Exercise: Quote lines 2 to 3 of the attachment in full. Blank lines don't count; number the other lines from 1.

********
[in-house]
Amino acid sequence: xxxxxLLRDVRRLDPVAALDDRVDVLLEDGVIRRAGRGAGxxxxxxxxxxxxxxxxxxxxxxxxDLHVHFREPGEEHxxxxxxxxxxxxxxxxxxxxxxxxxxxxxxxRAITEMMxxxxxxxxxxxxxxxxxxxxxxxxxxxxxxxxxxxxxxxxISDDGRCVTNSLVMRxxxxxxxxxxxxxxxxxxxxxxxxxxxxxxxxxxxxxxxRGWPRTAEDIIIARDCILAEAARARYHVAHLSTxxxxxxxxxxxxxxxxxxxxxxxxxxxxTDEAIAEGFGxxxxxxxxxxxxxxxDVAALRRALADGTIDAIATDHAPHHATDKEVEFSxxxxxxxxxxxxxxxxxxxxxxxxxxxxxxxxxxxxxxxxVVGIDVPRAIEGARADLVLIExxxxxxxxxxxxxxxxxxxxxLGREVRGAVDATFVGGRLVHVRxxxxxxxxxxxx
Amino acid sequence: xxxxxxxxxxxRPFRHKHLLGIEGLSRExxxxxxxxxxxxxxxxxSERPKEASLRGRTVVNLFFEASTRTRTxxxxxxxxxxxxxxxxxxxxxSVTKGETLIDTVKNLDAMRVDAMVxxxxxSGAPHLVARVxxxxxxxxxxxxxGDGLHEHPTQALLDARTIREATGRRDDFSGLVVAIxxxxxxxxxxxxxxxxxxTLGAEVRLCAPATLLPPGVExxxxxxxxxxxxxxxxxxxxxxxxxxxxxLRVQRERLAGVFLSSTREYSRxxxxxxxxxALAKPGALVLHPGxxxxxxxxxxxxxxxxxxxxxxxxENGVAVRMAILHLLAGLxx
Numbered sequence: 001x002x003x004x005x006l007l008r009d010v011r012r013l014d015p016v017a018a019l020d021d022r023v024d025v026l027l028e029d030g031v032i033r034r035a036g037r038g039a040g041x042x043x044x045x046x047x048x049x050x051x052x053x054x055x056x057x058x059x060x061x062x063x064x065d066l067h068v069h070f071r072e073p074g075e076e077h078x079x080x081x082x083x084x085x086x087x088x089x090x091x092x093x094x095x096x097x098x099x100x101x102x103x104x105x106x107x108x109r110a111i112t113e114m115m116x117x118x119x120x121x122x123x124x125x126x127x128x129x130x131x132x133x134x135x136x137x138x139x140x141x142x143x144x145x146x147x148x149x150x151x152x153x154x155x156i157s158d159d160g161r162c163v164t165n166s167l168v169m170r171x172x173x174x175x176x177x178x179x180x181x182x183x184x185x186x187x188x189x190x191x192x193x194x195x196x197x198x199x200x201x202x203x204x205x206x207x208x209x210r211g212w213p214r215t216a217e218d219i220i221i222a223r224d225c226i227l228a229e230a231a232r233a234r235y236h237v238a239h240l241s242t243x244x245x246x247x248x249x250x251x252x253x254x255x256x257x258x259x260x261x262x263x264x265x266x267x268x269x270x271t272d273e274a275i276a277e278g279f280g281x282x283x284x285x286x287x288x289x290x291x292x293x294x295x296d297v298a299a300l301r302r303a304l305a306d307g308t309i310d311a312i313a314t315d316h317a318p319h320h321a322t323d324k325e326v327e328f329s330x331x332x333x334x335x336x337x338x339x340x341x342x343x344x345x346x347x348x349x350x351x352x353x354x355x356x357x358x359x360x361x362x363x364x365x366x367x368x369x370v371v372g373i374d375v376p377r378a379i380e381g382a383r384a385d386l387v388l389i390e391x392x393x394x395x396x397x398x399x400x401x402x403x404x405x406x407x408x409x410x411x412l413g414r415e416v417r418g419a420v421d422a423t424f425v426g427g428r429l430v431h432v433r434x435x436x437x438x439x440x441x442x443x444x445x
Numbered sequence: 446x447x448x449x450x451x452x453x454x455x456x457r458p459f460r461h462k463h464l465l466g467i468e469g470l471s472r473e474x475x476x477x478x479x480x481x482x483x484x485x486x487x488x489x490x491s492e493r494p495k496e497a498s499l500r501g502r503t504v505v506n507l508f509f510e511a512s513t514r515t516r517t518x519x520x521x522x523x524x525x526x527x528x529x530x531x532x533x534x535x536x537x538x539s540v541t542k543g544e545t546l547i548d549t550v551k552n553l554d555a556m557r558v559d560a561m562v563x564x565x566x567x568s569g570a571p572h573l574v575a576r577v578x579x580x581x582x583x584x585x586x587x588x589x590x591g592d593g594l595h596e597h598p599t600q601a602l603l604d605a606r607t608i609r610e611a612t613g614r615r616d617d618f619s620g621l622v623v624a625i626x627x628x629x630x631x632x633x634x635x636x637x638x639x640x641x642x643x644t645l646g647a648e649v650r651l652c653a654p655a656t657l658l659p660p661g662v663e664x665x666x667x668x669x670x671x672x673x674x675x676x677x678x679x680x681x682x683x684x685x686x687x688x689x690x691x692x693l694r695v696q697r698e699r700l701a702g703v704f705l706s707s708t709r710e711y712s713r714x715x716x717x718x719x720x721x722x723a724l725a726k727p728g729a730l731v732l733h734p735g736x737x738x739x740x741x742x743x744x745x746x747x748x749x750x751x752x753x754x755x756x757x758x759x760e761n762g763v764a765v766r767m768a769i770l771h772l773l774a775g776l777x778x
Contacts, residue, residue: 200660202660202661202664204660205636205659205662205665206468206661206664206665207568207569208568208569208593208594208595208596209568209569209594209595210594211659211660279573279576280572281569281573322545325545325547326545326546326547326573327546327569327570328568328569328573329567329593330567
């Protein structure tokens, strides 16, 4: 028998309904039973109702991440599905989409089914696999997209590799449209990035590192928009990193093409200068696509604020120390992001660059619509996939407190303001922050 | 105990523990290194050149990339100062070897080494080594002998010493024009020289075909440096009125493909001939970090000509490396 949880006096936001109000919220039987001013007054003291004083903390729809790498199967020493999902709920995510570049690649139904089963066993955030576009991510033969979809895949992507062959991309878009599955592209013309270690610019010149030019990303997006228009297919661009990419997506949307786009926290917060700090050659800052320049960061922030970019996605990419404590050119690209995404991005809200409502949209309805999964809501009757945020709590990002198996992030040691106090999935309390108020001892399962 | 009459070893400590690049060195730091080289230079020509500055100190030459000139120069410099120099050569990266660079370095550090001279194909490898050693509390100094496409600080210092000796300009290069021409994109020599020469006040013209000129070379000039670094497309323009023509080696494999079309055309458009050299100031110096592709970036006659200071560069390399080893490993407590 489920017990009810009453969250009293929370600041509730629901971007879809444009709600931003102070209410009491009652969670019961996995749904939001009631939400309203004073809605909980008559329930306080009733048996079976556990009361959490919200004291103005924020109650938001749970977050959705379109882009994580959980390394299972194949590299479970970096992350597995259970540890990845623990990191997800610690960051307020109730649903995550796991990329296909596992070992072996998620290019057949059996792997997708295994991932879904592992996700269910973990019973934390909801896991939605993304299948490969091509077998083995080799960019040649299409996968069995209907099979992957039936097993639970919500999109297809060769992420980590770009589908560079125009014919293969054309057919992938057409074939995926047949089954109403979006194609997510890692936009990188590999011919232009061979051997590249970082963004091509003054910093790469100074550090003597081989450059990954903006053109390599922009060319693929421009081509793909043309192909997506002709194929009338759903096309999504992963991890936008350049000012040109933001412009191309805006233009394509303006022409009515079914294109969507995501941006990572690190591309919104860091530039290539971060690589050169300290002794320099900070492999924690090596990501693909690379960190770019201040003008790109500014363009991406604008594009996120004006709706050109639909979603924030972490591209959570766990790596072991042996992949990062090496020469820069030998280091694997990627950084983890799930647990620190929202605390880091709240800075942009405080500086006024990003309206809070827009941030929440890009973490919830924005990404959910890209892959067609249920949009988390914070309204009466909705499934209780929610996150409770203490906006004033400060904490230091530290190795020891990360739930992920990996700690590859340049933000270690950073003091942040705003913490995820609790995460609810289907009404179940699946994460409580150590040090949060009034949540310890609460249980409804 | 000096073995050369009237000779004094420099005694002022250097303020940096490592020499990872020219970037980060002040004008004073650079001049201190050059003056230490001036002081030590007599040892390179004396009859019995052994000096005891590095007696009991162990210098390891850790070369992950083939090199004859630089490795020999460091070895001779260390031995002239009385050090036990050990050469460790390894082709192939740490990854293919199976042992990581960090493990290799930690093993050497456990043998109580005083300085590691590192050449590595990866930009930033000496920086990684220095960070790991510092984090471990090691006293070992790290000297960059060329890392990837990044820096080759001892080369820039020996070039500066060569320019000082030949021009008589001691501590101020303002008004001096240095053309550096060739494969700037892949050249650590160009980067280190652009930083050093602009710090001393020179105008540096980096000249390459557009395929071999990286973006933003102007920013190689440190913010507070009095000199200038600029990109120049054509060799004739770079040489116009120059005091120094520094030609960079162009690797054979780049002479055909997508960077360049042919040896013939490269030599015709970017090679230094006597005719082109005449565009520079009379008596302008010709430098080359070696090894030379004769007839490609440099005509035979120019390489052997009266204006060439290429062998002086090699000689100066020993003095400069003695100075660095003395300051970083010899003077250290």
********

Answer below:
Amino acid sequence: xxxxxLLRDVRRLDPVAALDDRVDVLLEDGVIRRAGRGAGxxxxxxxxxxxxxxxxxxxxxxxxDLHVHFREPGEEHxxxxxxxxxxxxxxxxxxxxxxxxxxxxxxxRAITEMMxxxxxxxxxxxxxxxxxxxxxxxxxxxxxxxxxxxxxxxxISDDGRCVTNSLVMRxxxxxxxxxxxxxxxxxxxxxxxxxxxxxxxxxxxxxxxRGWPRTAEDIIIARDCILAEAARARYHVAHLSTxxxxxxxxxxxxxxxxxxxxxxxxxxxxTDEAIAEGFGxxxxxxxxxxxxxxxDVAALRRALADGTIDAIATDHAPHHATDKEVEFSxxxxxxxxxxxxxxxxxxxxxxxxxxxxxxxxxxxxxxxxVVGIDVPRAIEGARADLVLIExxxxxxxxxxxxxxxxxxxxxLGREVRGAVDATFVGGRLVHVRxxxxxxxxxxxx
Amino acid sequence: xxxxxxxxxxxRPFRHKHLLGIEGLSRExxxxxxxxxxxxxxxxxSERPKEASLRGRTVVNLFFEASTRTRTxxxxxxxxxxxxxxxxxxxxxSVTKGETLIDTVKNLDAMRVDAMVxxxxxSGAPHLVARVxxxxxxxxxxxxxGDGLHEHPTQALLDARTIREATGRRDDFSGLVVAIxxxxxxxxxxxxxxxxxxTLGAEVRLCAPATLLPPGVExxxxxxxxxxxxxxxxxxxxxxxxxxxxxLRVQRERLAGVFLSSTREYSRxxxxxxxxxALAKPGALVLHPGxxxxxxxxxxxxxxxxxxxxxxxxENGVAVRMAILHLLAGLxx